Monday, November 9, 2009

Festive Meals

My parents home, while incorporating many cosmopolitan elements in terms of décor, style or menus, has remained pretty traditional when it comes to festivals. And in my quest to preserve some traditions in a relatively non-traditional family, I like to make meals on festival days very traditional and South Indian.

South Indian Brahmins are vegetarian, so the food served on festival days and occasions like weddings is vegetarian. In fact, as strict Brahmins, many South Indians avoid even onions and garlic in their cooking, believing them to have Tamsik elements which are incompatible with the pure thirst for knowledge and detachment that is supposed to be the goal of Brahmins. Even vegetables which are considered 'foreign' or earthy, like potatoes, are avoided on festival days.

Festive meals include one sweet item, a dal-based gravy dish like huli or saaru, kosambri – a salad made of julienned cucumber or finely grated carrot, or sometimes soaked chana dal or moong dal and dressed with lime juice, green chilli, chopped coriander and fresh grated coconut and seasoned with a mustard seed-curry leaves and heeng garnish, a dry vegetable, typically beans or ladies finger and rice. In my mother's home, a flavoured rice of some kind is de rigueur – lemon rice, tamarind rice or a rice spiked with a special pulao powder and mixed with a special selection of carefully chosen vegetables – tinda by itself, or green peppers with peas, fenugreek leaves by themselves or peas when the fresh peas really kick in. Even the order in which things are served on the plate and eaten has a special significance.

We start by serving a spoonful of the sweet – kheer, sajjige or whatever else in the bottom right. The kosambri at the top left. On the right of the kosambri comes the dry vegetable. Below the sweet comes a spoon of fresh homemade tuppa or ghee. A mound of plain rice is served in the center of the plate. The saaru or huli is served next to the rice. The spiced rice is usually served to the left of the plain rice.

The meal starts with the head of the house making a ceremonial ring of water drops around his plate, and then everyone begins their meal. The first morsel to be eaten has to be the sweet. Once that is finished, everyone is free to move on to whatever they want to eat, but a repeat helping of the sweet is necessary after the saaru-anna has been eaten. And we end the meal with curd-rice.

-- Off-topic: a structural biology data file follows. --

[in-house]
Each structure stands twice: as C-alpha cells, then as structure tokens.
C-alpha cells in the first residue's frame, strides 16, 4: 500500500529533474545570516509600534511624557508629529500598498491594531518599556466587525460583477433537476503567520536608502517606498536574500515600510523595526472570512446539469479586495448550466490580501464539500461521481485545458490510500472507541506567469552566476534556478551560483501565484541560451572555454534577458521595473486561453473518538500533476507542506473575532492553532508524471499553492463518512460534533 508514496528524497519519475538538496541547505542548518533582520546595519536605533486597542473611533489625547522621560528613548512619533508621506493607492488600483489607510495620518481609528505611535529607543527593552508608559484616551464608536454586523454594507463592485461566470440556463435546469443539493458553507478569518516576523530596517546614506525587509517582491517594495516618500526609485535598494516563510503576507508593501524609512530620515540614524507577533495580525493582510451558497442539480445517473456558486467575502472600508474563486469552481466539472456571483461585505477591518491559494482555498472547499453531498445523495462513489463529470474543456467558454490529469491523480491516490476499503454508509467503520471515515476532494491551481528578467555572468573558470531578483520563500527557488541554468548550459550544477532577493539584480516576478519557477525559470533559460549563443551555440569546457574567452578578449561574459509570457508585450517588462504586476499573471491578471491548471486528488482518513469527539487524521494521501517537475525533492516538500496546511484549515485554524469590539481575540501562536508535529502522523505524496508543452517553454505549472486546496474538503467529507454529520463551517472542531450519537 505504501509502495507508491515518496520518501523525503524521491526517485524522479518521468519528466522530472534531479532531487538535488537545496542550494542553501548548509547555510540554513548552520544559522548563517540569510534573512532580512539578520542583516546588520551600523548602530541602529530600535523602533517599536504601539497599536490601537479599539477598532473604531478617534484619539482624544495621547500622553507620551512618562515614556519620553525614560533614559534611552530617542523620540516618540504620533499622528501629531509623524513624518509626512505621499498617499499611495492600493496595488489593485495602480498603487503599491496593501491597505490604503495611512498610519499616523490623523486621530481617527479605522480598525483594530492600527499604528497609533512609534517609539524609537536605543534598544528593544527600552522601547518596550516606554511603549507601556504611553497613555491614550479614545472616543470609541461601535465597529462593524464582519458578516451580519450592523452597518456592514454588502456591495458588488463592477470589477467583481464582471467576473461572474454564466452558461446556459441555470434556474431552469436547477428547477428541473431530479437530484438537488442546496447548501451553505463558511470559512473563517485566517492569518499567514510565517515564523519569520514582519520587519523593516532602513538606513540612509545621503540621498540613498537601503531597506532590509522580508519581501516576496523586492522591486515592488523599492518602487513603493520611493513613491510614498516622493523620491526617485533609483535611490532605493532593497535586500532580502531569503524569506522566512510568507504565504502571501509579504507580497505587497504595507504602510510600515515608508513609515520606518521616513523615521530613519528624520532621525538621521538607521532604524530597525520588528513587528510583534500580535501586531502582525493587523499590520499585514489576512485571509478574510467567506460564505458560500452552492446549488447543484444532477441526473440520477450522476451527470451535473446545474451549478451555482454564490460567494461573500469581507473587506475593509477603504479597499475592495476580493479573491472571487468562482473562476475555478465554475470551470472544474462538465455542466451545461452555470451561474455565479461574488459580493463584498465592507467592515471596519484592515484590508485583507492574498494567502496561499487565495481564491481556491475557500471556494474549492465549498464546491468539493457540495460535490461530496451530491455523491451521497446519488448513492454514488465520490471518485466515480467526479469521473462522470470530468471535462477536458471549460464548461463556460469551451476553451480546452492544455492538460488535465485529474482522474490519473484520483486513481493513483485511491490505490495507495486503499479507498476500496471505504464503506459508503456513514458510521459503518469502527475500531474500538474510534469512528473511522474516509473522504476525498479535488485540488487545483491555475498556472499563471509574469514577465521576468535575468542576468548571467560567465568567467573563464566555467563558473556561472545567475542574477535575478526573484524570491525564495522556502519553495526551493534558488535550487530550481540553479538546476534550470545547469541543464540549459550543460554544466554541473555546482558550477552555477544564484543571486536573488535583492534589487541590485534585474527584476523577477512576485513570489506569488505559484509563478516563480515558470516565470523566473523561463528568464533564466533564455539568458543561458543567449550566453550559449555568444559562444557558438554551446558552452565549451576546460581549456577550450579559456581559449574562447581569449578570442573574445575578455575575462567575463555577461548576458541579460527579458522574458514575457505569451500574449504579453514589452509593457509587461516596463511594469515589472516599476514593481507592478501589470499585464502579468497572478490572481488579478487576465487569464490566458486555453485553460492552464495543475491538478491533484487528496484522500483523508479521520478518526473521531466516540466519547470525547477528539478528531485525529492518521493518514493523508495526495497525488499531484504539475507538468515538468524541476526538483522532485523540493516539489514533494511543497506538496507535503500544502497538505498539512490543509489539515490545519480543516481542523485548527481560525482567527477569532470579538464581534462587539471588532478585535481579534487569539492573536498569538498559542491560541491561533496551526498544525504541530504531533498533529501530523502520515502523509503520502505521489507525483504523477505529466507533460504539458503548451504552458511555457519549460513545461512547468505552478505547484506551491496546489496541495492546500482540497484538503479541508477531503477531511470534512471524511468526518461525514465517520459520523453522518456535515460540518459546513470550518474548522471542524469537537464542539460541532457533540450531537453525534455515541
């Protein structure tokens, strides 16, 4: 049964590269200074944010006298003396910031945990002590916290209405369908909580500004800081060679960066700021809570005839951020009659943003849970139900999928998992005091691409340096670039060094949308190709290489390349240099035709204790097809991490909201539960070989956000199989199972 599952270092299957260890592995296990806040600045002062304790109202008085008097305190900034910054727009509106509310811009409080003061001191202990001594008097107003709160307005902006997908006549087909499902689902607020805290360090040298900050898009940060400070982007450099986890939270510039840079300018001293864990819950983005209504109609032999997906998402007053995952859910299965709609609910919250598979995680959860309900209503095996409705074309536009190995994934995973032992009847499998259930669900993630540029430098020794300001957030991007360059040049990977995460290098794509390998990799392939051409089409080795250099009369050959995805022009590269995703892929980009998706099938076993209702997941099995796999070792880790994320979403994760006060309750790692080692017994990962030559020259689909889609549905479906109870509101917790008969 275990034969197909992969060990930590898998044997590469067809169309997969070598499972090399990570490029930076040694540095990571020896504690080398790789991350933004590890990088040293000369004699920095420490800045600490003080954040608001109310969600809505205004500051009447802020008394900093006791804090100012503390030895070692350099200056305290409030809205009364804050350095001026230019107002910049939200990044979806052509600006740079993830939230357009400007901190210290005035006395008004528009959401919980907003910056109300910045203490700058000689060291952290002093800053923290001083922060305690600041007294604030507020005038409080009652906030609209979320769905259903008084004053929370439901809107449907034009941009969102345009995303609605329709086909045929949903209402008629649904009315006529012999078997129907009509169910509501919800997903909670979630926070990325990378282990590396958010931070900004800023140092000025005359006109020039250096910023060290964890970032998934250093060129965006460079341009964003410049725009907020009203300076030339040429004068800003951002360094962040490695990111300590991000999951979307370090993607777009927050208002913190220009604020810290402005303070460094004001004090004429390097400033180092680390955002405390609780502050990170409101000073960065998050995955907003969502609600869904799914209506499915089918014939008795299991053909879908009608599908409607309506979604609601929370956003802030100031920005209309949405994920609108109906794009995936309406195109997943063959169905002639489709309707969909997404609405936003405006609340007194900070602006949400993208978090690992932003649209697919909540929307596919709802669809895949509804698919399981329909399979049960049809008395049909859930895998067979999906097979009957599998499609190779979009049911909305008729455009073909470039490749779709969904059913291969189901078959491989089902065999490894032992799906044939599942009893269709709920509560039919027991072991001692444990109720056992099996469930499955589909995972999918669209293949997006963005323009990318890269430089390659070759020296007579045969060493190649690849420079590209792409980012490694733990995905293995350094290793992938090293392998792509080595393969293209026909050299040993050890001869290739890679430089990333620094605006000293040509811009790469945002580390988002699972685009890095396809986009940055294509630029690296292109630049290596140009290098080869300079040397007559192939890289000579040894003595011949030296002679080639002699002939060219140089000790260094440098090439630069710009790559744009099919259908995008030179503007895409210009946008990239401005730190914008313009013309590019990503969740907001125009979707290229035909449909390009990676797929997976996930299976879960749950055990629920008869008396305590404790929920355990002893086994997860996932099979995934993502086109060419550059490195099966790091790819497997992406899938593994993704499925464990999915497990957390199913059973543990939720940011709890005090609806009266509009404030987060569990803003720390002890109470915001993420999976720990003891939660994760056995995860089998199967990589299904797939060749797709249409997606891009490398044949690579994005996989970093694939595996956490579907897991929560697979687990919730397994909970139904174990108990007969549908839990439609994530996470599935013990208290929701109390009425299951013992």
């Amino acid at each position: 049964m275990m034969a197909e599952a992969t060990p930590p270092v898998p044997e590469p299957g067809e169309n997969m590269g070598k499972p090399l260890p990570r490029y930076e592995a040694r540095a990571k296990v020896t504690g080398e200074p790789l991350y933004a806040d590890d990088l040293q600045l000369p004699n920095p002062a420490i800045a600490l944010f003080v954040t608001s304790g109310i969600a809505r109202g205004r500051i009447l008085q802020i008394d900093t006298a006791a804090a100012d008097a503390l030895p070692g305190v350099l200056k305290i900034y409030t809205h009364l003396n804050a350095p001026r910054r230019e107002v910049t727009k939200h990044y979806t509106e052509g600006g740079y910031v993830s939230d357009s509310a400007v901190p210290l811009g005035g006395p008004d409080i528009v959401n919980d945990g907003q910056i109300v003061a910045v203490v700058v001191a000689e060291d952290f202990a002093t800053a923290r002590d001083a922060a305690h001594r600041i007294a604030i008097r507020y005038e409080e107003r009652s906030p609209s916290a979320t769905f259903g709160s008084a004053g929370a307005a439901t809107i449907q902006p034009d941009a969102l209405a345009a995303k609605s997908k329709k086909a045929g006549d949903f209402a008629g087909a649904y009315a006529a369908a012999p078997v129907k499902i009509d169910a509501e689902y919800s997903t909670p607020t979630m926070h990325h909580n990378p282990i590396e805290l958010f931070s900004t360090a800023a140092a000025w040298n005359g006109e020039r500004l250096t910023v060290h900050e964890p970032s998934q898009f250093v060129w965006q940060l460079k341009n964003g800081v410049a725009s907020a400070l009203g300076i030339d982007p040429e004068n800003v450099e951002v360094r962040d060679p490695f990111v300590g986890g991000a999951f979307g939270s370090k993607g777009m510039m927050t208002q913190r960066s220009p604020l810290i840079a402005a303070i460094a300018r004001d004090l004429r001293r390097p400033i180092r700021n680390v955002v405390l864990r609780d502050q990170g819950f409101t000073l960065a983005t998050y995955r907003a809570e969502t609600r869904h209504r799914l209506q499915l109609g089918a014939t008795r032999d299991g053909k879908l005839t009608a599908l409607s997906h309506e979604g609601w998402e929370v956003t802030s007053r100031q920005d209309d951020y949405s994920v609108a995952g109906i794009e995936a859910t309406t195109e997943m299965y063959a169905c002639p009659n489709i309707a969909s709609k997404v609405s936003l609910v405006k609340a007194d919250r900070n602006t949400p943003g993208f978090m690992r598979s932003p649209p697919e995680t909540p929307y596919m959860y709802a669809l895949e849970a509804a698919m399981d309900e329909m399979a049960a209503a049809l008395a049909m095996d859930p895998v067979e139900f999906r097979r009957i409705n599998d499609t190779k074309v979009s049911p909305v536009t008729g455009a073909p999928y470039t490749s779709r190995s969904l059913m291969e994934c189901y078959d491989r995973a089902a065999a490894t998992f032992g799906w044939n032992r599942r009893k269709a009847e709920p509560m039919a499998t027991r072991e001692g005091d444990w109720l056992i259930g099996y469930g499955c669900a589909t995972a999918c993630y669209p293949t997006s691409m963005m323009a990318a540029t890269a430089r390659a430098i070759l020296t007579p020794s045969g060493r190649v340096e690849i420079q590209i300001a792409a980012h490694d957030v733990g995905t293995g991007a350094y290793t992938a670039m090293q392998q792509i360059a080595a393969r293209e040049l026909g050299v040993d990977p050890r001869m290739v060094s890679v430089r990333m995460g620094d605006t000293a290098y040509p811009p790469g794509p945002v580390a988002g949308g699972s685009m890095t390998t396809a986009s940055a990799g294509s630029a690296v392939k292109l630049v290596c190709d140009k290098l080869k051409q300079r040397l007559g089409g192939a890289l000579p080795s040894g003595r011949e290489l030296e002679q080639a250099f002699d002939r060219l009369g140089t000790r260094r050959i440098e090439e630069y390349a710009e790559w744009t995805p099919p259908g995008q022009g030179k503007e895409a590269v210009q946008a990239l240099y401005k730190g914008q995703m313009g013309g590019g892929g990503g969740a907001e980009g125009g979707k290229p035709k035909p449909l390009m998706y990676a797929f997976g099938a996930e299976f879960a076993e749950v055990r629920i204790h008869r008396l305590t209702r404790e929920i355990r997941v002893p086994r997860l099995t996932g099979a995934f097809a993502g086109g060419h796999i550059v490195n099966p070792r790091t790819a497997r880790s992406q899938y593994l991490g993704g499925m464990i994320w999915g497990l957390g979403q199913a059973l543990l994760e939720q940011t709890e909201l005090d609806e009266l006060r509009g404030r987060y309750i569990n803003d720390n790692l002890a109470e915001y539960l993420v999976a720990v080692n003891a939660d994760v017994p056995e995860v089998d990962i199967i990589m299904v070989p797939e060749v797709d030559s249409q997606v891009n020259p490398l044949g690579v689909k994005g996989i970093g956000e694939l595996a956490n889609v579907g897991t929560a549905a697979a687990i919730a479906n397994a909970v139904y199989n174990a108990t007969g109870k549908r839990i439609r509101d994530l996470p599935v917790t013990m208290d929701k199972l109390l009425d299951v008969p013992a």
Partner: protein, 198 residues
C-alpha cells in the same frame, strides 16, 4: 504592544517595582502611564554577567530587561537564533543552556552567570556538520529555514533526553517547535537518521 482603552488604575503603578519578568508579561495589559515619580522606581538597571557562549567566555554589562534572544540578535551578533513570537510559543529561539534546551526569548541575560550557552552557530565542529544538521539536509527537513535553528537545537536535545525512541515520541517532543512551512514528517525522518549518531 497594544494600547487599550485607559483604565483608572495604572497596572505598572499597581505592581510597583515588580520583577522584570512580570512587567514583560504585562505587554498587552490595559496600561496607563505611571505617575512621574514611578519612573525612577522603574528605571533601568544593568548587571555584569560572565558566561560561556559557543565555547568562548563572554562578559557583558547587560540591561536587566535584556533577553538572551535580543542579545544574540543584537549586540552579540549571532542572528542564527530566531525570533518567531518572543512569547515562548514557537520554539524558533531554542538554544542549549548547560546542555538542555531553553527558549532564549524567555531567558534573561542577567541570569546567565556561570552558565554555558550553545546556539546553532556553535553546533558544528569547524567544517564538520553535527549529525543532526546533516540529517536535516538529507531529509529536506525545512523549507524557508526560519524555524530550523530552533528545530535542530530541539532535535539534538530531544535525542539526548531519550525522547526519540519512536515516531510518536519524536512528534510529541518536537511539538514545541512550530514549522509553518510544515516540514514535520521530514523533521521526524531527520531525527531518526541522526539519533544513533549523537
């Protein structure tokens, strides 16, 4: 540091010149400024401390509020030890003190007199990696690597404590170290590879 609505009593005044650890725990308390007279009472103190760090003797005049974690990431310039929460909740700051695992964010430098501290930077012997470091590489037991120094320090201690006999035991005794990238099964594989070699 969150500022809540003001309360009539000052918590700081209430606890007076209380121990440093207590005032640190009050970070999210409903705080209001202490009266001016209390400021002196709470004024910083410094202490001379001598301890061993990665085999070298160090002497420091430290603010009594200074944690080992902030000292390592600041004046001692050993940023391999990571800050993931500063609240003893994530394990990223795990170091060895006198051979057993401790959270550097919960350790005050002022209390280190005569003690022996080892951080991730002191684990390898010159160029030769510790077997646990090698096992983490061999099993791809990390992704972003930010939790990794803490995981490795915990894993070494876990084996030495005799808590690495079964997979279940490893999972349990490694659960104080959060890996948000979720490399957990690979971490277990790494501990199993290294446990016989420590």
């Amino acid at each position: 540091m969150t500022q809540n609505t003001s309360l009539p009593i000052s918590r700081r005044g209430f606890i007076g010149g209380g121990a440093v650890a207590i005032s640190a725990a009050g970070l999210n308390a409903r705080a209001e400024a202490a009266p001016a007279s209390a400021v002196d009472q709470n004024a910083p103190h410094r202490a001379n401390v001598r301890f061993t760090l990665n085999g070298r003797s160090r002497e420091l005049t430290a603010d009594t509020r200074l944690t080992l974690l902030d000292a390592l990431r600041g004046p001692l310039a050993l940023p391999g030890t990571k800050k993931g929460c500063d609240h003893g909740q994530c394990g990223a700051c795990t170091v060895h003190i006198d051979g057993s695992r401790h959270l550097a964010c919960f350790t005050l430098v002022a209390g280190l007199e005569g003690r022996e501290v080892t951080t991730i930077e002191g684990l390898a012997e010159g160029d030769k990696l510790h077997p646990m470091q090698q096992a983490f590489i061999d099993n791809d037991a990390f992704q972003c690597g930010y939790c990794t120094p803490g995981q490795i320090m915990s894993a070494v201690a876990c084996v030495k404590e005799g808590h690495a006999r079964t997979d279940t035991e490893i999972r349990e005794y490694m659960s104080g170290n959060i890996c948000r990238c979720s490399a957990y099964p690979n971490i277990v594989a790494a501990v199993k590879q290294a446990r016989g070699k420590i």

This year, for Deepawali, as mom was in the US with my sister, we all ate at our place, dad included. The sweets included payasa made with poppy seeds, sajjige – a halwa made with cream of wheat, and dad brought one of his favourite kannadiga desserts – kesari bhaat, or saffron-rice. I made saaru which my kids love, and lemon rice which is easy for everyone to eat, and for the cook to make.

Poppy seeds payasa is something that I never cared for as a child. It's only as an adult that I have developed a taste for it, and now I find the complex flavours delicious. It's also an easy one to make and healthy as it uses jaggery instead of sugar. And after the scramble of getting up early to do an oil ceremony for everyone, bathing and then rushing through the cooking in time to participate in the puje, I find its promise of sound sleep extremely beneficial J.

Poppy seeds Payasa

1 tbsp poppy seeds

1 tbsp rice

½ grated coconut

4-5 tbsp of jaggery, or to taste
1 tsp powdered cardamom
400 ml water

Soak the poppy seeds and rice in a little water for half hour. Blend with the coconut in a mixie until finely blended. Add to the water and set on to boil. Add the jaggery when it starts boiling, and let it simmer for 5-7 minutes after that. Top with the cardamom powder.

You can garnish with roasted cashews or slivers of coconut before serving. Tastes good, hot or cold!

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